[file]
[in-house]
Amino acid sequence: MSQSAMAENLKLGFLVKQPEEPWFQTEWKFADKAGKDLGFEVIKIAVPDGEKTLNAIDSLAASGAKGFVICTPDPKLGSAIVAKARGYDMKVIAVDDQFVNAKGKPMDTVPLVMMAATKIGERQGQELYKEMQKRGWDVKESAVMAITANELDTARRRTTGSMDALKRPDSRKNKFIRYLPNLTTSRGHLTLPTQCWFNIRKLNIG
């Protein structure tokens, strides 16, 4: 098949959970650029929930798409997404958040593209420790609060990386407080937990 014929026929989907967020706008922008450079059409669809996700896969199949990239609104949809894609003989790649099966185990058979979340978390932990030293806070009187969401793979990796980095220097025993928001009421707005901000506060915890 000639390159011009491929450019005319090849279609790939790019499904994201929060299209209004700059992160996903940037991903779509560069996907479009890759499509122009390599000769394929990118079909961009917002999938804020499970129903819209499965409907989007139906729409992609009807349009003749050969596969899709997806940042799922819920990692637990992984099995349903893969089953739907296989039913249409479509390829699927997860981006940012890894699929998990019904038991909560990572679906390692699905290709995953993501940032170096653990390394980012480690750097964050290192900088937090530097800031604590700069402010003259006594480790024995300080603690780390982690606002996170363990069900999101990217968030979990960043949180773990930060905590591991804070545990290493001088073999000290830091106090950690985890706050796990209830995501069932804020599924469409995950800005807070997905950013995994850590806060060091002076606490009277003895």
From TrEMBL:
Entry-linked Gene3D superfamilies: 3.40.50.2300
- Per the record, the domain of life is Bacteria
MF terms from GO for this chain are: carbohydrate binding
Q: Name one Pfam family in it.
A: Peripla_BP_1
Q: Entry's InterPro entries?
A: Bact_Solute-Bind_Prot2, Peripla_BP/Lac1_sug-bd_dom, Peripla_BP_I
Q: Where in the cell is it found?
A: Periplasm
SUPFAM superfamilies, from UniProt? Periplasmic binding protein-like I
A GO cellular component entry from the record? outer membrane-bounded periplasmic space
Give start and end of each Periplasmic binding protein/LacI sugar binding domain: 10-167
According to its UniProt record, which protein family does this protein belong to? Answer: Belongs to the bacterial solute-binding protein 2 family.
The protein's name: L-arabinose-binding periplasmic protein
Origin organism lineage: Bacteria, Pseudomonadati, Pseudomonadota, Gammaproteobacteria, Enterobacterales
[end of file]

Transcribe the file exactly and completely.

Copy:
[in-house]
Amino acid sequence: MSQSAMAENLKLGFLVKQPEEPWFQTEWKFADKAGKDLGFEVIKIAVPDGEKTLNAIDSLAASGAKGFVICTPDPKLGSAIVAKARGYDMKVIAVDDQFVNAKGKPMDTVPLVMMAATKIGERQGQELYKEMQKRGWDVKESAVMAITANELDTARRRTTGSMDALKRPDSRKNKFIRYLPNLTTSRGHLTLPTQCWFNIRKLNIG
């Protein structure tokens, strides 16, 4: 098949959970650029929930798409997404958040593209420790609060990386407080937990 014929026929989907967020706008922008450079059409669809996700896969199949990239609104949809894609003989790649099966185990058979979340978390932990030293806070009187969401793979990796980095220097025993928001009421707005901000506060915890 000639390159011009491929450019005319090849279609790939790019499904994201929060299209209004700059992160996903940037991903779509560069996907479009890759499509122009390599000769394929990118079909961009917002999938804020499970129903819209499965409907989007139906729409992609009807349009003749050969596969899709997806940042799922819920990692637990992984099995349903893969089953739907296989039913249409479509390829699927997860981006940012890894699929998990019904038991909560990572679906390692699905290709995953993501940032170096653990390394980012480690750097964050290192900088937090530097800031604590700069402010003259006594480790024995300080603690780390982690606002996170363990069900999101990217968030979990960043949180773990930060905590591991804070545990290493001088073999000290830091106090950690985890706050796990209830995501069932804020599924469409995950800005807070997905950013995994850590806060060091002076606490009277003895």
From TrEMBL:
Entry-linked Gene3D superfamilies: 3.40.50.2300
- Per the record, the domain of life is Bacteria
MF terms from GO for this chain are: carbohydrate binding
Q: Name one Pfam family in it.
A: Peripla_BP_1
Q: Entry's InterPro entries?
A: Bact_Solute-Bind_Prot2, Peripla_BP/Lac1_sug-bd_dom, Peripla_BP_I
Q: Where in the cell is it found?
A: Periplasm
SUPFAM superfamilies, from UniProt? Periplasmic binding protein-like I
A GO cellular component entry from the record? outer membrane-bounded periplasmic space
Give start and end of each Periplasmic binding protein/LacI sugar binding domain: 10-167
According to its UniProt record, which protein family does this protein belong to? Answer: Belongs to the bacterial solute-binding protein 2 family.
The protein's name: L-arabinose-binding periplasmic protein
Origin organism lineage: Bacteria, Pseudomonadati, Pseudomonadota, Gammaproteobacteria, Enterobacterales